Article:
In his most recent Sunday New York Times column, Harvard economist Greg Mankiw outlined two ways to help boost the incomes of the working poor:
PLAN A The government subsidizes the incomes of low-wage workers. These subsidies are financed by increasing taxes on middle- and upper-income Americans.
PLAN B The government again subsidizes the incomes of low-wage workers. But under this plan, the subsidies are financed by taxing those companies that hire low-wage workers.
Plan A, Mankiw shows, is superior to Plan B across the board.
Plan A is fairer: It levies the costs of subsidies broadly rather than shifting them onto employers of low-wage workers, who are not responsible for the low skills of their employees and, indeed, offer them jobs and the opportunity to improve their skills.
2. Plan A is better for low-wage workers: It does not generate incentives for employers of low-wage workers to substitute machines for employees, and it does not increase the cost of goods produced by low-wage workers relative to other goods. Plan B does both those things, and can hurt low-wage workers as a result.
Mankiw intends his comparison to show the superiority of the Earned Income Tax Credit (which is Plan A) over raising the minimum wage (Plan B). And it does. Moreover, it’s really not a tough argument to understand, and Mankiw isn’t the first one to make it.
But that raises the question: Why do progressives put so much focus on raising the minimum wage when it’s so clearly a second-best solution to helping the working poor? It’s not as if President Obama’s economic advisers don’t understand Mankiw’s points. Yet the president’s policy focus in his recent speech on economic inequality was raising the minimum wage.
I have three answers, which are based less on what liberal policy wonks think than on the political interests and gut instincts of the progressive mass movement.
Politics: Raising the minimum wage is a nice wedge issue, in that it’s popular with the public (who haven’t been exposed to Mankiw’s arguments) but unpopular with small businesses, who are a core Republican constituency. It simply puts conservatives in a tight spot politically and allows progressives to score points.
Economics: As I recently wrote over at Real Clear Markets, many progressives believe that programs like the EITC programs allow employers like McDonalds to pay lower wages than they otherwise would. In this story, while the EITC is technically paid to low-wage workers, in effect it’s a multi-billion dollar subsidy to their employers. This isn’t implausible on its face. For instance, while half of payroll taxes and a certain share of health-insurance costs are nominally paid by employers, they result in lower wages for employees. But the research I’ve seen concludes that the EITC doesn’t work this way. The EITC draws more low-skilled individuals into the labor force, which through supply-and-demand will slightly lower wages paid to low-skilled workers. But employers aren’t targeting EITC recipients for pay cuts. And in any case, EITC payments more than make up for the fall in wages, so low-paid workers still come out ahead. So while liberal front groups like the National Employment Law Project make these kinds of arguments, you don’t see them very much from more respected liberal analysts.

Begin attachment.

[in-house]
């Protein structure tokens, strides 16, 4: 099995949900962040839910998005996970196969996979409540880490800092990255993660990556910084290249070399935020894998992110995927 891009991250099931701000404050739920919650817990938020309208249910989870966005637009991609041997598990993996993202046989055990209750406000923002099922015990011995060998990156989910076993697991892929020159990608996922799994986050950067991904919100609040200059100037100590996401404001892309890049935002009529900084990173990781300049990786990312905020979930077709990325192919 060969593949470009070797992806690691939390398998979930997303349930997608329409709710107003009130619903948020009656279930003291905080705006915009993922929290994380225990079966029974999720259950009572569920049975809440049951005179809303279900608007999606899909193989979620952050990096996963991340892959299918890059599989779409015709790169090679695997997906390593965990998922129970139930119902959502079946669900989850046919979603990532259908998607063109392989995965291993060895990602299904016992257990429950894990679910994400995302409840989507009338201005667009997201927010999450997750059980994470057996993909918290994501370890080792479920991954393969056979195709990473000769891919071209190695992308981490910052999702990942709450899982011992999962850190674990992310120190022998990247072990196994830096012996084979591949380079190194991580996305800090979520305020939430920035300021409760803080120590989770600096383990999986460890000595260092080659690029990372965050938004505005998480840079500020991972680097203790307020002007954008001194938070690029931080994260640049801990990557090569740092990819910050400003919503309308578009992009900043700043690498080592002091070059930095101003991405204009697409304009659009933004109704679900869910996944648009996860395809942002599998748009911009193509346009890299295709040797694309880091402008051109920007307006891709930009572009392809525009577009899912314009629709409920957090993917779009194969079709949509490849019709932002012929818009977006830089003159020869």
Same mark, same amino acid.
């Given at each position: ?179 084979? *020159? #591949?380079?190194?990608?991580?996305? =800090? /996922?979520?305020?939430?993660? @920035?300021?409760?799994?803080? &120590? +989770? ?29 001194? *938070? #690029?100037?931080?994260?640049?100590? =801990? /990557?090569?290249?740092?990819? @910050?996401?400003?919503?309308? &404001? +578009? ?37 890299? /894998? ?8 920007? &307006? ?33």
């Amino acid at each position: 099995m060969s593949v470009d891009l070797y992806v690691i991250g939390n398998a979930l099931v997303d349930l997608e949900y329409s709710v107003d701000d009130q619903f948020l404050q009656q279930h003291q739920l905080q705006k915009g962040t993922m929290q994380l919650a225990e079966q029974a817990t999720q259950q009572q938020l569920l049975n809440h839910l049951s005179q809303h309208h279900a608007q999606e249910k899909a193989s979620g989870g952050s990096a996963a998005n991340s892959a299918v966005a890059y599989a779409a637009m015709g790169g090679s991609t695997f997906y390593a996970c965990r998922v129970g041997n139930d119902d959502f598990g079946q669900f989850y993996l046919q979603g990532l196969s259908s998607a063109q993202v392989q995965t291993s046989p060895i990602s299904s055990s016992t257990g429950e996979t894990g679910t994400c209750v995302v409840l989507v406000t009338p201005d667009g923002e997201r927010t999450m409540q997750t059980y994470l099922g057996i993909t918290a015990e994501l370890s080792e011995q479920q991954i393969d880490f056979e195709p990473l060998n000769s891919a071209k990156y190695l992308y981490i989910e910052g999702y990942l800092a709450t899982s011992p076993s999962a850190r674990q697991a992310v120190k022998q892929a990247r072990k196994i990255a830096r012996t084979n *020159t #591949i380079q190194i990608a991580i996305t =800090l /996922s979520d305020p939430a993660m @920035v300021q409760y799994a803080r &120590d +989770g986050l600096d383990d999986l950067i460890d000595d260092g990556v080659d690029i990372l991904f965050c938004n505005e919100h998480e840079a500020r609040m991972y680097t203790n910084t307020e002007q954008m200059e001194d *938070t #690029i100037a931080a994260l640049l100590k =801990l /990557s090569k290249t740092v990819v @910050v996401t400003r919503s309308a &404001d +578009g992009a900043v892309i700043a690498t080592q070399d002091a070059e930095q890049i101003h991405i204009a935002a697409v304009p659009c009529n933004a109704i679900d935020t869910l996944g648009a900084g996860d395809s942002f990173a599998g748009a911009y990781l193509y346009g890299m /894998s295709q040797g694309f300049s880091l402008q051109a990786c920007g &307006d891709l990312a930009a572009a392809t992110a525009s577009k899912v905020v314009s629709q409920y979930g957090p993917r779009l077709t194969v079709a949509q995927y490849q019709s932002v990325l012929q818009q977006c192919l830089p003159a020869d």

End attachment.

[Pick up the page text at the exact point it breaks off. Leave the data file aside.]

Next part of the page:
Emotion: This is probably the most important point. I don’t believe I’m overstating things much in saying that when the progressive man-on-the-street sees something bad happen to one person – say, low wages – he believes it’s very likely someone else’s fault. Progressives’ job, in this mindset, is to find that person-at-fault and make him pay. In this case, progressives blame the employers of low-wage workers, who they assume could easily afford to pay more but choose not to.
Now, progressives could make their emotional impulses consistent with economic reality by placing the blame on, say, liberal social policies that encourage single-parent families, the negative effects of which – including on children’s future earnings – are almost too numerous to mention. Or progressives might think twice about the Democratic party’s excessive deference to teachers’ unions. If we did nothing other than fire the worst 5 percent of public-school teachers and re-allocate their students to other classrooms, the average lifetime earnings of their students would rise by around $250,000. Sad to say, well-intentioned but nevertheless misguided progressive social and educational policies contribute to the low skills of the working poor that, in the labor market, will result in low wages.
But if progressives did make this connection and point the finger at the true villains behind low wage, they wouldn’t be progressives anymore: They’d be neo-conservatives.
— Andrew Biggs is a resident scholar at the American Enterprise Institute.